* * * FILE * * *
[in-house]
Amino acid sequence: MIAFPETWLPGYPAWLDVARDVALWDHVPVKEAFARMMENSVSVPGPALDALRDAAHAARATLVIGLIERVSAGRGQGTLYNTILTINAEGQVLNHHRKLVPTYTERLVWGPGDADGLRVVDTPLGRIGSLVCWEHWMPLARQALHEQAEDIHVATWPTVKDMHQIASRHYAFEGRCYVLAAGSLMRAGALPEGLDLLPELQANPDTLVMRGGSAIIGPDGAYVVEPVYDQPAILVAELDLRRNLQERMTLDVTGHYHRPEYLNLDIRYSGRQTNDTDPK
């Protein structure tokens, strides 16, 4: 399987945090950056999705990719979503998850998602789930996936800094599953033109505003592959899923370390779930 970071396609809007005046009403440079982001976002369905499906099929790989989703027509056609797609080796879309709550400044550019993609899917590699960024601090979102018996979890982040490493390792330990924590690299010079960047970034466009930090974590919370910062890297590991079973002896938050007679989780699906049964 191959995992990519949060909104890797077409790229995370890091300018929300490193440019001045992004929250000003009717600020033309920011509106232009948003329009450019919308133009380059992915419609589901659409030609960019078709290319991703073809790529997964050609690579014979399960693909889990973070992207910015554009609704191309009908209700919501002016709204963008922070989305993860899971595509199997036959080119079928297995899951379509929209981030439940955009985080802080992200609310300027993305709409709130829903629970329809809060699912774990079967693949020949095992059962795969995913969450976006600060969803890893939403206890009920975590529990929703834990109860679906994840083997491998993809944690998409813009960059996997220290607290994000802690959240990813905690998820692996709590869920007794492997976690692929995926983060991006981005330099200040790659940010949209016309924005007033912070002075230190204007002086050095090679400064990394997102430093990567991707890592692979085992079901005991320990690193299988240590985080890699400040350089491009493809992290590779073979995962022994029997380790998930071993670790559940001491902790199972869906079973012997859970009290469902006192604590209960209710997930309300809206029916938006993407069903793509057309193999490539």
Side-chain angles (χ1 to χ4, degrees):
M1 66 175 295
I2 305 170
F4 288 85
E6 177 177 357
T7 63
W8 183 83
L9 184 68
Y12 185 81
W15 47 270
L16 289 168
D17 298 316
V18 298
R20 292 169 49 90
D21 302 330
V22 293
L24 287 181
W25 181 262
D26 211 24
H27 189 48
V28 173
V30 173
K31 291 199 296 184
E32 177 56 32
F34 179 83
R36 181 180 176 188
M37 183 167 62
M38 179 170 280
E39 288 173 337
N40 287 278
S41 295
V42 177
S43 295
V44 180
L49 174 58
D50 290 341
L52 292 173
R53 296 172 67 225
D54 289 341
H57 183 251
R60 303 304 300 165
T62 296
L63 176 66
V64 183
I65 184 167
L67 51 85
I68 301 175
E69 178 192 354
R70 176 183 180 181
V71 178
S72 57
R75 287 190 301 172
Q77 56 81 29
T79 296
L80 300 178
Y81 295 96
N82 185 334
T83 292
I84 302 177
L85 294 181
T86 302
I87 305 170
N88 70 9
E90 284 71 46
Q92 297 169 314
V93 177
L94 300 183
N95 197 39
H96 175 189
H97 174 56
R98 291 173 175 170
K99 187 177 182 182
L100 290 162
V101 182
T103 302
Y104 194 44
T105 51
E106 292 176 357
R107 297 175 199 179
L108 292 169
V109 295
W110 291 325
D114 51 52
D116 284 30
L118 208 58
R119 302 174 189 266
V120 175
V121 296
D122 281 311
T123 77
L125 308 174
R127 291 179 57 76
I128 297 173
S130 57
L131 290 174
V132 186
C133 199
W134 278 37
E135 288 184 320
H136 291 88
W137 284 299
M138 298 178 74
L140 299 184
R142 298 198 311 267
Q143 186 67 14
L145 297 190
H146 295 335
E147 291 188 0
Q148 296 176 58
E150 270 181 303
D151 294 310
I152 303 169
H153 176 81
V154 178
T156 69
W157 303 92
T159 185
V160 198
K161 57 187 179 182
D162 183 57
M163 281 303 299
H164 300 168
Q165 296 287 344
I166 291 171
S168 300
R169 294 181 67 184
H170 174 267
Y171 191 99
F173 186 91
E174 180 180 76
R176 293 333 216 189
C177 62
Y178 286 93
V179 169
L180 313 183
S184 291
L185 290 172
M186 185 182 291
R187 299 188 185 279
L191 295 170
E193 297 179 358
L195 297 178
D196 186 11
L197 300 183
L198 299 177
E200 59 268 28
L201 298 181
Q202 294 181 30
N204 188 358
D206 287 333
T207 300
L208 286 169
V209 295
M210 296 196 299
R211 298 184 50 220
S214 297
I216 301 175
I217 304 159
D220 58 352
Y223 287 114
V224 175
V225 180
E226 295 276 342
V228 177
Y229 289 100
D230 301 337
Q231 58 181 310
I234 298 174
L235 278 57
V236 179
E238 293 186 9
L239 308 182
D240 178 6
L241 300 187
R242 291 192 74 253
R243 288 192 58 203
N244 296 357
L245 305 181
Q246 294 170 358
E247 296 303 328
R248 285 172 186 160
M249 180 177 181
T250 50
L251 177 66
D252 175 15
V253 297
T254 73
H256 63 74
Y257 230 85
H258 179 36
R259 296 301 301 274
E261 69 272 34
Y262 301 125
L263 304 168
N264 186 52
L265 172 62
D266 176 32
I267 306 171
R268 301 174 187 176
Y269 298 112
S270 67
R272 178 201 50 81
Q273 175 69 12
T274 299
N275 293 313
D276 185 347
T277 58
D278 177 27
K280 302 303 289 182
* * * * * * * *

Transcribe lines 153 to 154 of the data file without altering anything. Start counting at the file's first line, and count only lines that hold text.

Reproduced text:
D206 287 333
T207 300